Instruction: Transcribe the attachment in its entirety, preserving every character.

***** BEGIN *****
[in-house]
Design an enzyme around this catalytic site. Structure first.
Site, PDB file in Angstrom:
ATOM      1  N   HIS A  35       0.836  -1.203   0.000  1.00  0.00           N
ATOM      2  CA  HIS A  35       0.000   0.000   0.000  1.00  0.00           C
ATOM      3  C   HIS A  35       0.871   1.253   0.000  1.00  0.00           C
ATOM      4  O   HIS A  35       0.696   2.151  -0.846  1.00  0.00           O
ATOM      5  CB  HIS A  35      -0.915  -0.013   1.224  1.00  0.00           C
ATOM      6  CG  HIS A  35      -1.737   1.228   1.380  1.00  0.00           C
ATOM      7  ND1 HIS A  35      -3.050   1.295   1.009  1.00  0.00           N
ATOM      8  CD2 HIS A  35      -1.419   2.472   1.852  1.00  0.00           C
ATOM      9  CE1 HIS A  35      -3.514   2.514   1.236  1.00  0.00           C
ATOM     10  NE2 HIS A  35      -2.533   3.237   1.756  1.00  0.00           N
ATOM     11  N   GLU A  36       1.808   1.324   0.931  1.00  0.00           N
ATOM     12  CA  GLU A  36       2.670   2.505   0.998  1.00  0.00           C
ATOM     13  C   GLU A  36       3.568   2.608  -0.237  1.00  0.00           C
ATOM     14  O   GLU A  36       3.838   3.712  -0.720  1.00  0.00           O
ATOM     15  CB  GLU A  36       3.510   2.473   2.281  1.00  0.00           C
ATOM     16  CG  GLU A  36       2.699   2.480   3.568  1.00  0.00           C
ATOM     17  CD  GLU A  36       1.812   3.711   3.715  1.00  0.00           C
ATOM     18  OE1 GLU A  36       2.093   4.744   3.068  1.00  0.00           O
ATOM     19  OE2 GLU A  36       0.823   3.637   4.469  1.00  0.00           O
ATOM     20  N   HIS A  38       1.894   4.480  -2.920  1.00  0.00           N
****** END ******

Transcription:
[in-house]
Design an enzyme around this catalytic site. Structure first.
Site, PDB file in Angstrom:
ATOM      1  N   HIS A  35       0.836  -1.203   0.000  1.00  0.00           N
ATOM      2  CA  HIS A  35       0.000   0.000   0.000  1.00  0.00           C
ATOM      3  C   HIS A  35       0.871   1.253   0.000  1.00  0.00           C
ATOM      4  O   HIS A  35       0.696   2.151  -0.846  1.00  0.00           O
ATOM      5  CB  HIS A  35      -0.915  -0.013   1.224  1.00  0.00           C
ATOM      6  CG  HIS A  35      -1.737   1.228   1.380  1.00  0.00           C
ATOM      7  ND1 HIS A  35      -3.050   1.295   1.009  1.00  0.00           N
ATOM      8  CD2 HIS A  35      -1.419   2.472   1.852  1.00  0.00           C
ATOM      9  CE1 HIS A  35      -3.514   2.514   1.236  1.00  0.00           C
ATOM     10  NE2 HIS A  35      -2.533   3.237   1.756  1.00  0.00           N
ATOM     11  N   GLU A  36       1.808   1.324   0.931  1.00  0.00           N
ATOM     12  CA  GLU A  36       2.670   2.505   0.998  1.00  0.00           C
ATOM     13  C   GLU A  36       3.568   2.608  -0.237  1.00  0.00           C
ATOM     14  O   GLU A  36       3.838   3.712  -0.720  1.00  0.00           O
ATOM     15  CB  GLU A  36       3.510   2.473   2.281  1.00  0.00           C
ATOM     16  CG  GLU A  36       2.699   2.480   3.568  1.00  0.00           C
ATOM     17  CD  GLU A  36       1.812   3.711   3.715  1.00  0.00           C
ATOM     18  OE1 GLU A  36       2.093   4.744   3.068  1.00  0.00           O
ATOM     19  OE2 GLU A  36       0.823   3.637   4.469  1.00  0.00           O
ATOM     20  N   HIS A  38       1.894   4.480  -2.920  1.00  0.00           N